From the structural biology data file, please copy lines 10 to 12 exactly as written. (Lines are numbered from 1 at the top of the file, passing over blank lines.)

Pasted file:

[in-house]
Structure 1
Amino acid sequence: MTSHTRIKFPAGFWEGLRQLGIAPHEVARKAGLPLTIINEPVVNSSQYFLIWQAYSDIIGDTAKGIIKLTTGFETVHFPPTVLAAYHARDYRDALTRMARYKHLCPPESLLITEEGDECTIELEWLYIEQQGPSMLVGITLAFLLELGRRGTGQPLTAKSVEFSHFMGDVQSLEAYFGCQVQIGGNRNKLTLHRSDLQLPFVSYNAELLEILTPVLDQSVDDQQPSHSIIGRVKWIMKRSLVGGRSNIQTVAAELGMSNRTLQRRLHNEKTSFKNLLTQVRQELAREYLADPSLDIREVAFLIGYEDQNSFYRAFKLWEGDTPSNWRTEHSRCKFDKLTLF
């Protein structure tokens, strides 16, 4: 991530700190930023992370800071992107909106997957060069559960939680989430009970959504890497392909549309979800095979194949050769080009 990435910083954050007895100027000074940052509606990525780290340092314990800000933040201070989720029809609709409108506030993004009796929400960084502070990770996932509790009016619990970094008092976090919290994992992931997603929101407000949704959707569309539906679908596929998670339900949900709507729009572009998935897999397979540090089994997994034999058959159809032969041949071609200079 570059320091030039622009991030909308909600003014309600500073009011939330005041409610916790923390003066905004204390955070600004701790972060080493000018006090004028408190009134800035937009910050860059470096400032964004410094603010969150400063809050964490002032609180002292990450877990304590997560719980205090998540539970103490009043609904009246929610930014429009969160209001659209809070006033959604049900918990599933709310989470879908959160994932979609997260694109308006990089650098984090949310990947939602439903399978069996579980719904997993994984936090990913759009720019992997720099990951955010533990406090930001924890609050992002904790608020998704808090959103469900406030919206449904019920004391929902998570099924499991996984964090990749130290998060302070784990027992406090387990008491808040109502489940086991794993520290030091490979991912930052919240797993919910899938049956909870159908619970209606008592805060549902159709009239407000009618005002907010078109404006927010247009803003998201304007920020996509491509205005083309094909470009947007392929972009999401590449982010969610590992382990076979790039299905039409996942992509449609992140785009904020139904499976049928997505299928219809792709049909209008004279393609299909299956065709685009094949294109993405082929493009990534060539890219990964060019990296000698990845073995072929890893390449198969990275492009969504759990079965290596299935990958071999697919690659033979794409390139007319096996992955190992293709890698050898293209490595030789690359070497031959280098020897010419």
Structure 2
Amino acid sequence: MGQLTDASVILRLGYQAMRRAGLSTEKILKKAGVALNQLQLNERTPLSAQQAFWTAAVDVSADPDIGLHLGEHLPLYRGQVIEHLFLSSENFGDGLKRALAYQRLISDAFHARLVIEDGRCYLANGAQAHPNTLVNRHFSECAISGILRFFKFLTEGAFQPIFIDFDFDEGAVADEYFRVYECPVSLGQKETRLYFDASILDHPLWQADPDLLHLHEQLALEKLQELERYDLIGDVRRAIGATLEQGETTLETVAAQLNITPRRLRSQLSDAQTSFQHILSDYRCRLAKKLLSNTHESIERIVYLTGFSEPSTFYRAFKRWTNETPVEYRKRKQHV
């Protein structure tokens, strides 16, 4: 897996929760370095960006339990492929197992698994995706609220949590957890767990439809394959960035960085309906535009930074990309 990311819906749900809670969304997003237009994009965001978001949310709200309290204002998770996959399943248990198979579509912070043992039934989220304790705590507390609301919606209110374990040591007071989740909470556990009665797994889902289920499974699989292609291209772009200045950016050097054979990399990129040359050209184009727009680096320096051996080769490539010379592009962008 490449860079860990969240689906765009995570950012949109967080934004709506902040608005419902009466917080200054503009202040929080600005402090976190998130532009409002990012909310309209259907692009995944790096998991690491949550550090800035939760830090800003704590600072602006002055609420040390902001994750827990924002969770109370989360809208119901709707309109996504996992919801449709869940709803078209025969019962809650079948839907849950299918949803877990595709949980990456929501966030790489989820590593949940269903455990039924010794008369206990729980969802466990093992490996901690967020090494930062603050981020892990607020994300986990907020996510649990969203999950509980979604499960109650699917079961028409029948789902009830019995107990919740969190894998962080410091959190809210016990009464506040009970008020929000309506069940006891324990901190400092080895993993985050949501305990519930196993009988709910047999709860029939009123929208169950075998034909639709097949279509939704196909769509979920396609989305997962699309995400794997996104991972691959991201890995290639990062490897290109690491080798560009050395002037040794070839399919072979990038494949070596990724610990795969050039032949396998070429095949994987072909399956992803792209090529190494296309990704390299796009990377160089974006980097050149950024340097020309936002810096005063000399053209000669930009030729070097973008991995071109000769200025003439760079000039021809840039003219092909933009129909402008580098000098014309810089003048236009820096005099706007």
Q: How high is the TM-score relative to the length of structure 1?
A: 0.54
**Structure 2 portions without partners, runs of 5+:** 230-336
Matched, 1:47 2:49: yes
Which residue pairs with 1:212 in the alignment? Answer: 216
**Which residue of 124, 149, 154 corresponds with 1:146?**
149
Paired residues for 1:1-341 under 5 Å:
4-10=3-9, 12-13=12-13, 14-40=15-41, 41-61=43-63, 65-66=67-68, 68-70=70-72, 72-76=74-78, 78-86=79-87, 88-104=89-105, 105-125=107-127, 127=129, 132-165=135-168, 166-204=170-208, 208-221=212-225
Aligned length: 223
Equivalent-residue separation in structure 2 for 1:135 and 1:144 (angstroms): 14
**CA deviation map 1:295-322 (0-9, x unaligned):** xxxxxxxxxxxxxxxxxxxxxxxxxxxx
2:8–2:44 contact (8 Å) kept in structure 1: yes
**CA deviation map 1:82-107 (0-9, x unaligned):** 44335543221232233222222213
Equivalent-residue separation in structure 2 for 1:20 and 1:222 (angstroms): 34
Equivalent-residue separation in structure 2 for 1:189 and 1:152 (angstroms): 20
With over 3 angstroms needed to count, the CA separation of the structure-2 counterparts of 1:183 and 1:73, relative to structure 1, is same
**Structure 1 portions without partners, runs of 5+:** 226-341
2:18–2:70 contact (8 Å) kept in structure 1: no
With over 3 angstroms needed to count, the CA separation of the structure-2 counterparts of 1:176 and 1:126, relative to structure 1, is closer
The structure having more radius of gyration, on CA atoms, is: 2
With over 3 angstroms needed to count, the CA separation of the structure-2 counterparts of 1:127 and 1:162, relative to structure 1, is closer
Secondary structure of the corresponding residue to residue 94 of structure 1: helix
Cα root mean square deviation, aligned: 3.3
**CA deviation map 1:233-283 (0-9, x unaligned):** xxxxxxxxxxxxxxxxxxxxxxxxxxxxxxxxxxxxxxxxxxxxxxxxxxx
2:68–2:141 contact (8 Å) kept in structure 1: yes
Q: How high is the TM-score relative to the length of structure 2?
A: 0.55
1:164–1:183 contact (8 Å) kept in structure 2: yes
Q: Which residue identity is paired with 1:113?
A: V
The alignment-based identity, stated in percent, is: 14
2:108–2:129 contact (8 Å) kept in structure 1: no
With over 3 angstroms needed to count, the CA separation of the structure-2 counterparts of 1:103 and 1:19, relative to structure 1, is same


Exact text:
**Structure 2 portions without partners, runs of 5+:** 230-336
Matched, 1:47 2:49: yes
Which residue pairs with 1:212 in the alignment? Answer: 216